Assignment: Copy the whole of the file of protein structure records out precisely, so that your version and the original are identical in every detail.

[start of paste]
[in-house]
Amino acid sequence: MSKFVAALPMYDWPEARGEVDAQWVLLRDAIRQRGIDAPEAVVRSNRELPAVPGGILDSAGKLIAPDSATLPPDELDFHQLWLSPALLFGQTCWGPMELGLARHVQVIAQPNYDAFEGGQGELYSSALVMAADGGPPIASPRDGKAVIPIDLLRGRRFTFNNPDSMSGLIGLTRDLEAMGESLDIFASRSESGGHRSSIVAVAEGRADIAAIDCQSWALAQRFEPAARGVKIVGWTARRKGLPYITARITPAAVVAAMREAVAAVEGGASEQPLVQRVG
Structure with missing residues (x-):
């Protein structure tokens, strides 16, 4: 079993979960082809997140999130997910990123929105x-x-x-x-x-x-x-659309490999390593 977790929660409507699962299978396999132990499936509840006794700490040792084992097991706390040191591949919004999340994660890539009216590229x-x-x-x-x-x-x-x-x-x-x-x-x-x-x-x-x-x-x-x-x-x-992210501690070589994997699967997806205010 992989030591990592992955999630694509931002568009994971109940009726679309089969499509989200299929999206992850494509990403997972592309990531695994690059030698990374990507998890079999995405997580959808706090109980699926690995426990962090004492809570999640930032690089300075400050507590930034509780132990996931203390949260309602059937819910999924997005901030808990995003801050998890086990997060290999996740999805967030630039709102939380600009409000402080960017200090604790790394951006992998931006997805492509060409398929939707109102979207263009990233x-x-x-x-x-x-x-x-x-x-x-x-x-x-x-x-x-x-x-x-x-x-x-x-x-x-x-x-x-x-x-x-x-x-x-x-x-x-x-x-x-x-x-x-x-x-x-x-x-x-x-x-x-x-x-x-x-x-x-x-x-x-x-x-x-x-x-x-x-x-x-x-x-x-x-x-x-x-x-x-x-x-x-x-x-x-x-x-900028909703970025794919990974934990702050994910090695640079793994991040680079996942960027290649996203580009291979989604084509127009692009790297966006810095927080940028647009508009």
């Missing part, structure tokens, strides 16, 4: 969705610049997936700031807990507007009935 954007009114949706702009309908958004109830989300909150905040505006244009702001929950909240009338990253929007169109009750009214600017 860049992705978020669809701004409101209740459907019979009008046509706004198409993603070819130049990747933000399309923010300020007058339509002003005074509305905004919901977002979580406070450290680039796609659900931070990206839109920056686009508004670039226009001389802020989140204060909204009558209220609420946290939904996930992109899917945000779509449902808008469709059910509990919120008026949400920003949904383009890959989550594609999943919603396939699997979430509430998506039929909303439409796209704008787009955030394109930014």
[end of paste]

[in-house]
Amino acid sequence: MSKFVAALPMYDWPEARGEVDAQWVLLRDAIRQRGIDAPEAVVRSNRELPAVPGGILDSAGKLIAPDSATLPPDELDFHQLWLSPALLFGQTCWGPMELGLARHVQVIAQPNYDAFEGGQGELYSSALVMAADGGPPIASPRDGKAVIPIDLLRGRRFTFNNPDSMSGLIGLTRDLEAMGESLDIFASRSESGGHRSSIVAVAEGRADIAAIDCQSWALAQRFEPAARGVKIVGWTARRKGLPYITARITPAAVVAAMREAVAAVEGGASEQPLVQRVG
Structure with missing residues (x-):
């Protein structure tokens, strides 16, 4: 079993979960082809997140999130997910990123929105x-x-x-x-x-x-x-659309490999390593 977790929660409507699962299978396999132990499936509840006794700490040792084992097991706390040191591949919004999340994660890539009216590229x-x-x-x-x-x-x-x-x-x-x-x-x-x-x-x-x-x-x-x-x-x-992210501690070589994997699967997806205010 992989030591990592992955999630694509931002568009994971109940009726679309089969499509989200299929999206992850494509990403997972592309990531695994690059030698990374990507998890079999995405997580959808706090109980699926690995426990962090004492809570999640930032690089300075400050507590930034509780132990996931203390949260309602059937819910999924997005901030808990995003801050998890086990997060290999996740999805967030630039709102939380600009409000402080960017200090604790790394951006992998931006997805492509060409398929939707109102979207263009990233x-x-x-x-x-x-x-x-x-x-x-x-x-x-x-x-x-x-x-x-x-x-x-x-x-x-x-x-x-x-x-x-x-x-x-x-x-x-x-x-x-x-x-x-x-x-x-x-x-x-x-x-x-x-x-x-x-x-x-x-x-x-x-x-x-x-x-x-x-x-x-x-x-x-x-x-x-x-x-x-x-x-x-x-x-x-x-x-900028909703970025794919990974934990702050994910090695640079793994991040680079996942960027290649996203580009291979989604084509127009692009790297966006810095927080940028647009508009």
């Missing part, structure tokens, strides 16, 4: 969705610049997936700031807990507007009935 954007009114949706702009309908958004109830989300909150905040505006244009702001929950909240009338990253929007169109009750009214600017 860049992705978020669809701004409101209740459907019979009008046509706004198409993603070819130049990747933000399309923010300020007058339509002003005074509305905004919901977002979580406070450290680039796609659900931070990206839109920056686009508004670039226009001389802020989140204060909204009558209220609420946290939904996930992109899917945000779509449902808008469709059910509990919120008026949400920003949904383009890959989550594609999943919603396939699997979430509430998506039929909303439409796209704008787009955030394109930014």